replicate any space taken, speaking
to the Bird Foundation about available land in that area, the timeline,
cost to build just the rink (according
to Bill Naumann approximately $5
million) and selection criteria.
The end of the first meeting saw
the following sites remaining: Ellis
Ave, Savage Center, Hennessey
Field, Vanderbilt Ave., Coakley
Middle School, Endicott Street, Father Mac’s, Elks ball field, Willett
School and Access Road (across
from the airport).
The second meeting was held December 12, with a draft criteria
spreadsheet distributed to committee members and residents. Mark
Ryan explained the sheet would be
used to “objectively” rate each site
and the one with the most points
will have the highest ranking. John
Carroll explained the committee
would receive a detailed package
with plans, comments and a fact
sheet and that it would be made
available to residents prior to the
next meeting.
The conversation in meeting two
focused on adding additional criterion, verifying the existing criteria,
and creating a numeric ranking.
Mr. Badger noted that most of the
list was objective (not subjective)
and, therefore, rankings should not
change between committee members. John Carroll commented,
“That will be noted in the package.”
Other conversations included traffic studies (existing and upcoming)
as well as the criterion focused on
traffic impact. Mark Barry of
Washington Street asked who was
making the decision on traffic impact. Mr. Carroll said, the traffic
impact information available for
voting would be “provided by engineering not a study.” Patty Bailey
asked about vegetation, fencing and
landscaping which is expected to
“screen” a building that according
to Rick Morrison will
be approximately 30
feet high though there
are no architectural
drawings to depict the
visual impact. Irene
Bonovich asked if it would be possible to have something drawn up
to which Mr. Carroll responded that
here is no time or money for a rendering.
Ms. Bailey also asked about
neighborhood impact and how the
rink would affect the “quality of
life” of neighbors. “Would it negatively affect the neighborhood?”
She requested that the topic be
added to the list of criteria but was
denied. However, a gas line accessibility criterion was added.
There was also conversation
about “weighting” the criteria.
David Hajjar pointed out, “Not all
criteria should be valued the same.”
and, as Ann Haley put it, “Some of
these things are more important.”
Although John Carroll said, it was
a “valid point,” the committee
opted not to weight items of lessor
or more importance.
Page 25
cedural discussion would be had at
the final meeting, so, any concerns
residents had were not addressed.
Several residents became frustrated, with one walking out after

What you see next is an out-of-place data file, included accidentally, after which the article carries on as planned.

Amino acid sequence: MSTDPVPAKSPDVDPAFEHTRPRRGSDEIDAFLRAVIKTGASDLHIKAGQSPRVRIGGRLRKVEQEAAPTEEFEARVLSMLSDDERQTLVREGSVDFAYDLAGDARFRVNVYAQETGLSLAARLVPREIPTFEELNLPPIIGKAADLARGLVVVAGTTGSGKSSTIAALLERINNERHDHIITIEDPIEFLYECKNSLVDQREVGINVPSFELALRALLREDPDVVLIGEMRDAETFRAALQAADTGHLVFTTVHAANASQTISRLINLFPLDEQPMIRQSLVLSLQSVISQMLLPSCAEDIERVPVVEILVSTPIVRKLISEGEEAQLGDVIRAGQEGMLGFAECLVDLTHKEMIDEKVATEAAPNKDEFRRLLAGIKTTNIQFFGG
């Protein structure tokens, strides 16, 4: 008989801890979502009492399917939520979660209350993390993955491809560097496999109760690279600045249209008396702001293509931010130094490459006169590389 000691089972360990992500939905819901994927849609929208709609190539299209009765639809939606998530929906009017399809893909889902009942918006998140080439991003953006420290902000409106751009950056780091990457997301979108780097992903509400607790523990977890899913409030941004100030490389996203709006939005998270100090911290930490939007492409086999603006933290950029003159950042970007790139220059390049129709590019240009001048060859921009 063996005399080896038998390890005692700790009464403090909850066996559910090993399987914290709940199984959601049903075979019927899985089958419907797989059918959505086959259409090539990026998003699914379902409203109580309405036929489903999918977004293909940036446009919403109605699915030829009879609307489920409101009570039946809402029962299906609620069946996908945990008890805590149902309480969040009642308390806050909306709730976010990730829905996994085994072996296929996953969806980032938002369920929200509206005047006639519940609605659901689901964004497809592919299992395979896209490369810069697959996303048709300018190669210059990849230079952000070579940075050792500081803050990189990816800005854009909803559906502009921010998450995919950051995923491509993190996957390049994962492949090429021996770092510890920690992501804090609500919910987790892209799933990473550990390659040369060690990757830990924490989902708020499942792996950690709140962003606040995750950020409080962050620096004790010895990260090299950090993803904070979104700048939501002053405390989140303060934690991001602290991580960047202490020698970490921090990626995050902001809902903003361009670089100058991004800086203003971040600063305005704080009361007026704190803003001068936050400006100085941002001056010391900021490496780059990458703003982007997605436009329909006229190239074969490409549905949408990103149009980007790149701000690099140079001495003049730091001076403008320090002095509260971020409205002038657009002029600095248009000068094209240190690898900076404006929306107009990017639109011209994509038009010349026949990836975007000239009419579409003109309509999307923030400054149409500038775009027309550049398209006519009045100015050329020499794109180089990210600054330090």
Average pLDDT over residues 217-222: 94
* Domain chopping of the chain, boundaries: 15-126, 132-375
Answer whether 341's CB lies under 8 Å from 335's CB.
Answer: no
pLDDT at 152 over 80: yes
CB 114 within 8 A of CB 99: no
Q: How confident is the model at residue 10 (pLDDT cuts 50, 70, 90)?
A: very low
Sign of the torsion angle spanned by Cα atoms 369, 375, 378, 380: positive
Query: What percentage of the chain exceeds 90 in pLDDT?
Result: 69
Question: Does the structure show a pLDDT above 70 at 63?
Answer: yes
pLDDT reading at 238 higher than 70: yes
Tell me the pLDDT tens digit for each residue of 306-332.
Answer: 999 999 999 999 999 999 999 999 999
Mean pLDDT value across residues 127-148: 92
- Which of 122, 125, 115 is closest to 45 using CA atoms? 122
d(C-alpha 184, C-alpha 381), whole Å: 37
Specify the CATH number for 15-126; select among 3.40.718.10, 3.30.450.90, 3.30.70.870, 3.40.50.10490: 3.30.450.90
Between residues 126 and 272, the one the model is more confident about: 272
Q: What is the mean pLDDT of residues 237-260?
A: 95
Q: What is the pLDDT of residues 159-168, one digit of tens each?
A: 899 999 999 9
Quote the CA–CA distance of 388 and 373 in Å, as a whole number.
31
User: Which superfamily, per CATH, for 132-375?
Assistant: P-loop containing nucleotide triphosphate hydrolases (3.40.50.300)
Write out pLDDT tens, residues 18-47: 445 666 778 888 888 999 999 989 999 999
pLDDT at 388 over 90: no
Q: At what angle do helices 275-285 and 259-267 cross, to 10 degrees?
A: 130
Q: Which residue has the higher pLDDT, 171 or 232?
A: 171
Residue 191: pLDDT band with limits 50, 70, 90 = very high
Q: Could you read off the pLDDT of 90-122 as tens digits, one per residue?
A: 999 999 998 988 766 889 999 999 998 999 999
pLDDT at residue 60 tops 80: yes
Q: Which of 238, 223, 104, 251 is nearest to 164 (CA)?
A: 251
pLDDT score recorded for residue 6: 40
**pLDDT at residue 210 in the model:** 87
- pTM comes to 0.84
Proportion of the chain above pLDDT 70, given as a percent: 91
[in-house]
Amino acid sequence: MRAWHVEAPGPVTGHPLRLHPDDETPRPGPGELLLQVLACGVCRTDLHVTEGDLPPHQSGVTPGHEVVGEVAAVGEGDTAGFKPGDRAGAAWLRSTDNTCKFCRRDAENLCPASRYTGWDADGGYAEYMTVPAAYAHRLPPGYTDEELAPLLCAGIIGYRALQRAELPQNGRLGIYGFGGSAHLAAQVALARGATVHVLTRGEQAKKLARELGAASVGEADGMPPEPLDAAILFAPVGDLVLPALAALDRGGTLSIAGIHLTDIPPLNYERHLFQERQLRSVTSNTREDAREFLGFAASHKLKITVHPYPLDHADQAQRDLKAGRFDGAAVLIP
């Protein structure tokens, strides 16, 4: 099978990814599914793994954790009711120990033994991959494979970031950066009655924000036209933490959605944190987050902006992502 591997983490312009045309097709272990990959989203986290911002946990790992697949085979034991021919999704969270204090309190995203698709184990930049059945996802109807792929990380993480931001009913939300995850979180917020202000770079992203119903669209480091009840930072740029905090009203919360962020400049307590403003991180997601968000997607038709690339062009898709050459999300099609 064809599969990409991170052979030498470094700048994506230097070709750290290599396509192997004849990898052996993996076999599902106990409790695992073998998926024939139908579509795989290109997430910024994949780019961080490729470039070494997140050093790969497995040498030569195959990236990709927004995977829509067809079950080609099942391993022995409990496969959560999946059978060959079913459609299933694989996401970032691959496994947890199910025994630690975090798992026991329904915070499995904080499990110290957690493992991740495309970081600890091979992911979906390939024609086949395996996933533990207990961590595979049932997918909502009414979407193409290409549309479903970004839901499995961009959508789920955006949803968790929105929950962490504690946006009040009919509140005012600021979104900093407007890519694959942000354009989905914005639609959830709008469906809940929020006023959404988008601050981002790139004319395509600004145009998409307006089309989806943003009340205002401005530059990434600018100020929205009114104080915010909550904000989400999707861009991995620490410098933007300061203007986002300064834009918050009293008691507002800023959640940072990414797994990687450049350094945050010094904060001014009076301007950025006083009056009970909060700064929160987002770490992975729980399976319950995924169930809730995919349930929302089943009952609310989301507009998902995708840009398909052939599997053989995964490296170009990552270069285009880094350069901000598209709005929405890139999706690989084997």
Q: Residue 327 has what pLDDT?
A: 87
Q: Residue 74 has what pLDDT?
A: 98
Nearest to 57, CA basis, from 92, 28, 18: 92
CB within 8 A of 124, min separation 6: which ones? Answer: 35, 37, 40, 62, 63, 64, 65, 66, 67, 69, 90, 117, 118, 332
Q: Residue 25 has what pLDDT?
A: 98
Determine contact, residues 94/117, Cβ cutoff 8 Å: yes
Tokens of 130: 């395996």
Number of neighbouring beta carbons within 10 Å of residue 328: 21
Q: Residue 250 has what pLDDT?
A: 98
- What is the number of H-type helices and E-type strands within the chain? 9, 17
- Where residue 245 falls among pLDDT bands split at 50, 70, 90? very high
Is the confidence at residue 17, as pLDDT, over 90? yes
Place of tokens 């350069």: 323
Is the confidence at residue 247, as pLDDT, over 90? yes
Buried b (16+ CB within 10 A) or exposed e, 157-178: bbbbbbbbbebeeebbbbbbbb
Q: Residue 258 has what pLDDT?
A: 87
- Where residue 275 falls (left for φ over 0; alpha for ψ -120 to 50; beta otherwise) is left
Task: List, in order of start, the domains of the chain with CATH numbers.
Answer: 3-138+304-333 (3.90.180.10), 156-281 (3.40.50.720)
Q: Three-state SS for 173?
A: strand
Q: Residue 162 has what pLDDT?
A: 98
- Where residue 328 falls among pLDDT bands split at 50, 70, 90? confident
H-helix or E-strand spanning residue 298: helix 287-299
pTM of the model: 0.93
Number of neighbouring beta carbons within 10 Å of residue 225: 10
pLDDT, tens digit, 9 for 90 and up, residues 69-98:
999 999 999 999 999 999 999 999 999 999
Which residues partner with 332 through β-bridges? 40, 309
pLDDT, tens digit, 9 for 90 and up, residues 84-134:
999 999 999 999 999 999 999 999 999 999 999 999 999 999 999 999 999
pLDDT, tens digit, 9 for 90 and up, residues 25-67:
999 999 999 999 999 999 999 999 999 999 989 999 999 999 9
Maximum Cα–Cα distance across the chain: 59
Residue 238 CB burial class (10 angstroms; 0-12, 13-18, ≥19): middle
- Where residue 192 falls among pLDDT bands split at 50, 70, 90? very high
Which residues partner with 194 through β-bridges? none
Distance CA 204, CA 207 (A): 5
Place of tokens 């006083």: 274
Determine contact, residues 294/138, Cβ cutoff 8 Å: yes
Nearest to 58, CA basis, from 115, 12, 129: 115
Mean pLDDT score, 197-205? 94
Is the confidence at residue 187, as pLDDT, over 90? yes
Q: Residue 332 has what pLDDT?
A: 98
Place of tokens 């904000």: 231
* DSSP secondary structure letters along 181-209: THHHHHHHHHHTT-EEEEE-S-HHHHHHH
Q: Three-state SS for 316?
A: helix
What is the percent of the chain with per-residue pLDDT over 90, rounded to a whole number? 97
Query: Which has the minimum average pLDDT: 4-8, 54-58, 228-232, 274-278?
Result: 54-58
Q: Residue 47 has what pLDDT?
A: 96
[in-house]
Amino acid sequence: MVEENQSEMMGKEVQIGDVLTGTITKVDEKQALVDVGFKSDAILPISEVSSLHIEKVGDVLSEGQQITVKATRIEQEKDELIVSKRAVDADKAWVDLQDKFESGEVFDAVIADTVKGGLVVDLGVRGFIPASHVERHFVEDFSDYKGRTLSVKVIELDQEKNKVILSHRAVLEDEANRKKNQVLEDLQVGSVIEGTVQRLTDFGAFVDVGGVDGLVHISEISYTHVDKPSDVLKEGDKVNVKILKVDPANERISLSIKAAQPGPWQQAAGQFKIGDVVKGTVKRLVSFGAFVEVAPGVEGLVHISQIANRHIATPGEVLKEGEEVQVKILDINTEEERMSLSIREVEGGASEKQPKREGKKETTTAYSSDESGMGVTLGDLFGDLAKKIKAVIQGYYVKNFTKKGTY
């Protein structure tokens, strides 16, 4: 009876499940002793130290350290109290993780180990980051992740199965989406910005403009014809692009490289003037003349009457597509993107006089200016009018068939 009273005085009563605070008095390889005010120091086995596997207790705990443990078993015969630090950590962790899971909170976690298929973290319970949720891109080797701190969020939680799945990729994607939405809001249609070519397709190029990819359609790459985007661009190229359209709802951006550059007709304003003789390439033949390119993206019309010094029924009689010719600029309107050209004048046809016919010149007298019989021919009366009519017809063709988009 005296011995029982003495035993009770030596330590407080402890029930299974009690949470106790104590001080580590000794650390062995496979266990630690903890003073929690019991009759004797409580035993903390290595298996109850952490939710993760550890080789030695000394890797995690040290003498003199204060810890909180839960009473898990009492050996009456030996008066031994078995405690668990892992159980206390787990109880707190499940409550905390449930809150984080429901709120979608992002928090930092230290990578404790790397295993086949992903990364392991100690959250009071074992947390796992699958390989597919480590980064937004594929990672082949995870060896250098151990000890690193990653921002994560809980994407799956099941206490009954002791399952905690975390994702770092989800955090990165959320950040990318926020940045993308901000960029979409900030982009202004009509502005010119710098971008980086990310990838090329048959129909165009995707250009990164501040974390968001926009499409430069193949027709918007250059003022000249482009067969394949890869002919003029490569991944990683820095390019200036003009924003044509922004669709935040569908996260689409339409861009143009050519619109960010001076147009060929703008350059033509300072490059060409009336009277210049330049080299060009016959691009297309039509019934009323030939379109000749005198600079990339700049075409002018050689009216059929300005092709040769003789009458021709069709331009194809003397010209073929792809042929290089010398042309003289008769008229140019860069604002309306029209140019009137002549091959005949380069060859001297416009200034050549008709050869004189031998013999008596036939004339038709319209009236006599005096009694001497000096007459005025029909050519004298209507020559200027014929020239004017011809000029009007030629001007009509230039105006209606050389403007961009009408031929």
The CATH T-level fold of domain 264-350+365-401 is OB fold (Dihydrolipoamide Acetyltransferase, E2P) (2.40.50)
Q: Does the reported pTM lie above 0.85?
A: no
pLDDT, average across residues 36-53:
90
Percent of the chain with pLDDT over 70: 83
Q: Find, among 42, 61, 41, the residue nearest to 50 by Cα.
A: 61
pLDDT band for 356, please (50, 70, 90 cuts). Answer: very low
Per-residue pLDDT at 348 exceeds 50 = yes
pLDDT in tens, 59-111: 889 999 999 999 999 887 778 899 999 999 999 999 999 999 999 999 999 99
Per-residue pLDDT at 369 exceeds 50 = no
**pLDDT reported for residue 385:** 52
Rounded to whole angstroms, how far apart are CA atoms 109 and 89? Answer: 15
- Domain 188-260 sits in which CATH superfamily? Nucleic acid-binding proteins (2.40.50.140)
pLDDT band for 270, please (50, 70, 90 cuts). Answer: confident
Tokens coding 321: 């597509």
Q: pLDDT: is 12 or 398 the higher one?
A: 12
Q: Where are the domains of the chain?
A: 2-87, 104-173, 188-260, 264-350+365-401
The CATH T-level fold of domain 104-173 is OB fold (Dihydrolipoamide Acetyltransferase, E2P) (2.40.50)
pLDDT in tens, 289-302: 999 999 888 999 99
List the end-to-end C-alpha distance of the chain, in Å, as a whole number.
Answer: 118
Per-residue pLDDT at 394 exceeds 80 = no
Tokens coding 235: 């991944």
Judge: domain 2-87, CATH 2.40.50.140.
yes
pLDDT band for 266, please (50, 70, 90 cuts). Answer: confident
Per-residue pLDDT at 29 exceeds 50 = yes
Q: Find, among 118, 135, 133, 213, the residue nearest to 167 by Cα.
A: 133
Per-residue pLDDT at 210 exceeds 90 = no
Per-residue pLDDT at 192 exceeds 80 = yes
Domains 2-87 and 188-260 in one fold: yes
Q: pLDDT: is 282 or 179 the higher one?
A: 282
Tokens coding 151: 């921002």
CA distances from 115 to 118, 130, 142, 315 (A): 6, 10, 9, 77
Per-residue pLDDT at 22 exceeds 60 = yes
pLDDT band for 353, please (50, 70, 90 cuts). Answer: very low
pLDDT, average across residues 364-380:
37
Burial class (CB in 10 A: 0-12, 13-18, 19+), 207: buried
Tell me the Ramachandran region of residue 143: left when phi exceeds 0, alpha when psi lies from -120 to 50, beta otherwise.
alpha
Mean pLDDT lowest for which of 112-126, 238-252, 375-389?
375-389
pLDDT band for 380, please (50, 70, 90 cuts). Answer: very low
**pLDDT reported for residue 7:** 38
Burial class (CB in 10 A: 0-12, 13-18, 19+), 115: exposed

voting of just a few criteria saying,
“I can’t keep my mouth shut, so
I’m leaving.”
The first two questions should
have been fairly objective (#1 - is
property privately owned or town
owned and #2 - is location on an arterial road, collector road or secondary road).
The ratings,
however, were frequently not consistent with each other. In addition,
Endicott Street, was poorly rated
with just 2 points even though it is
right off Rte 1A. The Coakley middle school was given 6.2 points
even though Washington Street is
not a federal or state highway. Endicott Street was also given only 2
points since it is privately-owned,
even though sources have it, property management was considering
“gifting” it to the town, if they had
asked. However, other sources said
some committee member(s)
“didn’t want it there.”
If individual scores were kept and
made publically available, residents
could view for themselves the inconsistencies that continued with
the questions, “Is electricity readily
available. Is water readily available? Is gas readily available? Is
there public transportation adjacent,
nearby or not available?” If the answer was “yes” to those questions
(clearly denoted in the Fact Sheets),
all ratings for those questions, for
each site, should have been the
same, yet they were not.
Another criterion, neighborhood
aesthetics had a choice of no abutters, one side of abutters with adequate area for screening,
multiple-sides with adequate area
for screening. The real question
should have been, how do you
screen a thirty-foot plus high
hockey rink in a residential area?
Therefore, with no criteria
weighting and inconsistent and
possibly questionable rating, South
Norwood residents’ prediction
came true – the Coakley Middle
School was named the “only” suitable location with 89.7 points.
As an example of the often heated
and frustrating discussion, the second meeting ended when resident
Bill Rogers yelled, “I am sick of
hearing about South Norwood.”
The committee then voted to approve the criteria and chose the date
for the third and final public meeting.
The final meeting was held January 9, 2013. A letter to interested